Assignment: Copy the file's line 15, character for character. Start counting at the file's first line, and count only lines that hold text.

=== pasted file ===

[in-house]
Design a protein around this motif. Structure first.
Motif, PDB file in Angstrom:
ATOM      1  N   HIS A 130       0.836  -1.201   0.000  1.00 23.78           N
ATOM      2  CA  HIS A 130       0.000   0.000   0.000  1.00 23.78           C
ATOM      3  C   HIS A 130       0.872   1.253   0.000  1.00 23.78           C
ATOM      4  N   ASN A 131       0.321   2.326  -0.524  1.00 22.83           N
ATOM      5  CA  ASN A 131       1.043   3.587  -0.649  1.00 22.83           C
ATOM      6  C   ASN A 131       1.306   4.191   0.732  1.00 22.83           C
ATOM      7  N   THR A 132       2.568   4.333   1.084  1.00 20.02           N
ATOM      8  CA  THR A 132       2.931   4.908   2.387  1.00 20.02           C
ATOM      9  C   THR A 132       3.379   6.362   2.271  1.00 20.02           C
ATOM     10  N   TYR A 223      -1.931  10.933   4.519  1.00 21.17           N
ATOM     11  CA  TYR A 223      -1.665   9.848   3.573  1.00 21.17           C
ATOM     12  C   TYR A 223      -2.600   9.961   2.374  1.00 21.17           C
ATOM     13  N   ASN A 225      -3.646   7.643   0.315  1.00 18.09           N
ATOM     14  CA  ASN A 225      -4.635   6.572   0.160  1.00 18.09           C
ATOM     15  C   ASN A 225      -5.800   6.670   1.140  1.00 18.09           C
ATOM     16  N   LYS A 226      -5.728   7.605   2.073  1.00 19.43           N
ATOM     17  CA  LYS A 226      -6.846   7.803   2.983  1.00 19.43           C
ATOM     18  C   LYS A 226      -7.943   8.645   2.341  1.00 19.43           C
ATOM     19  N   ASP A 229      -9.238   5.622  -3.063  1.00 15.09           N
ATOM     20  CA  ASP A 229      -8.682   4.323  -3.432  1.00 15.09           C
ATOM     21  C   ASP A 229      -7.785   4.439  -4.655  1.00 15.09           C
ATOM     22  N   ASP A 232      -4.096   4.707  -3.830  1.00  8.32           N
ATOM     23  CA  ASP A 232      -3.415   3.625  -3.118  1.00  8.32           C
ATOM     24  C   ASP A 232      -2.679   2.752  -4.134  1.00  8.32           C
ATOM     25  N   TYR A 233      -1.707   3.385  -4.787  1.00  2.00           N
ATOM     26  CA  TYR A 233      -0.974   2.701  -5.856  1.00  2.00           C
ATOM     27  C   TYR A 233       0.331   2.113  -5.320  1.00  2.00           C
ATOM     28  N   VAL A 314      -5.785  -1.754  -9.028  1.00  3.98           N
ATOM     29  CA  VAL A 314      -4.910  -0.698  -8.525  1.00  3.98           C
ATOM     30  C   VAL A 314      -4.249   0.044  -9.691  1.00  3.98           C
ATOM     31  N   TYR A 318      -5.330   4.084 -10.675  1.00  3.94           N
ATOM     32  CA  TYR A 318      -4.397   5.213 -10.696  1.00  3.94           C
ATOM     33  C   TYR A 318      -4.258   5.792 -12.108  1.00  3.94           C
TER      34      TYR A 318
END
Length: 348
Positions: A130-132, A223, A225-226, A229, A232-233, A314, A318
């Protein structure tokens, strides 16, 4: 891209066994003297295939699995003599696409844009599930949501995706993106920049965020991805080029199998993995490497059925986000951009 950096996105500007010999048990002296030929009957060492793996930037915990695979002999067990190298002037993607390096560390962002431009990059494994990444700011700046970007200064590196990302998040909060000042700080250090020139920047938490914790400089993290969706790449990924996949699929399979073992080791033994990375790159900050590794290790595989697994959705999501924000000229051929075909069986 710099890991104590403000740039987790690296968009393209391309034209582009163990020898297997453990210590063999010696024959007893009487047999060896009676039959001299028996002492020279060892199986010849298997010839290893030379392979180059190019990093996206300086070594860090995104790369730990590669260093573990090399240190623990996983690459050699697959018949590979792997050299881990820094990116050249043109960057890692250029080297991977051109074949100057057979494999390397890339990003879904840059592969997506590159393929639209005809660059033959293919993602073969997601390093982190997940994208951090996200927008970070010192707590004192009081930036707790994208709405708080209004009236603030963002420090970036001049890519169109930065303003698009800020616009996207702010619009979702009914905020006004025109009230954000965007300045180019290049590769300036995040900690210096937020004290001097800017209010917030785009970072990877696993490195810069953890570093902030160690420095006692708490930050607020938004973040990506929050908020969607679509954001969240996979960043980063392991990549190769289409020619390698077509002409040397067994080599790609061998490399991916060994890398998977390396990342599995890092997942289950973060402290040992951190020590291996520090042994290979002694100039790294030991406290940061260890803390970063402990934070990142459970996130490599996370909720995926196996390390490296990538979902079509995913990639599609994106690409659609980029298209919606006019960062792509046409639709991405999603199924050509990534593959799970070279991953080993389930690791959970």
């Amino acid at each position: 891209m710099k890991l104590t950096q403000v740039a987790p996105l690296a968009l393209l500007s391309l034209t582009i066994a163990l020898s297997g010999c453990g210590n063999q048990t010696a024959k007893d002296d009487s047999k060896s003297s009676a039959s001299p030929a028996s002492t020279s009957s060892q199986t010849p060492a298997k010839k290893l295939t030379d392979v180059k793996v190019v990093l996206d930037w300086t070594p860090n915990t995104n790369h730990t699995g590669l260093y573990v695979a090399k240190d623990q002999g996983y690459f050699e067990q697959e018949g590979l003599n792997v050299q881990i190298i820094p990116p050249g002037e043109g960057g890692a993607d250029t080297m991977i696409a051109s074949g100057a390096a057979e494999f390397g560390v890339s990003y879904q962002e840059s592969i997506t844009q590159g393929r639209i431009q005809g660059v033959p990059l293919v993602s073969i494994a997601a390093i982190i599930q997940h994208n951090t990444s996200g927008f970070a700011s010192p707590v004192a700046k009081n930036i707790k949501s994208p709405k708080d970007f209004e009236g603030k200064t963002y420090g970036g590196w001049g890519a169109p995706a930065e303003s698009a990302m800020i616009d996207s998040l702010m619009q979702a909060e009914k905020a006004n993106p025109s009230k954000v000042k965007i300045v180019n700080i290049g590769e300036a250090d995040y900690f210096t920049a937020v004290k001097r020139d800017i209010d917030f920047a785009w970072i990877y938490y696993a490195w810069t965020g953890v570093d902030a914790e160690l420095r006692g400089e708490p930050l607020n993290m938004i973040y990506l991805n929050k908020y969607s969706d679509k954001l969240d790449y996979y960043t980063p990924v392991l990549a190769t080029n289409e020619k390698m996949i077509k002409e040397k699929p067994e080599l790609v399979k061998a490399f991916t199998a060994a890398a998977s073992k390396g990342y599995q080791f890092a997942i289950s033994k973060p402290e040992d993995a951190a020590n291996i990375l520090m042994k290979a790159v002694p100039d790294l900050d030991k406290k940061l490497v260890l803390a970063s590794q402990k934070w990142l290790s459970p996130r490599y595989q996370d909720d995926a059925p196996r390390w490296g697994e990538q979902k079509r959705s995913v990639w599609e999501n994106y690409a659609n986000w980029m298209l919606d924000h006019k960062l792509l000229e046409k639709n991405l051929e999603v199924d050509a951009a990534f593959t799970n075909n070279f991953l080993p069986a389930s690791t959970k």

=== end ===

ATOM     12  C   TYR A 223      -2.600   9.961   2.374  1.00 21.17           C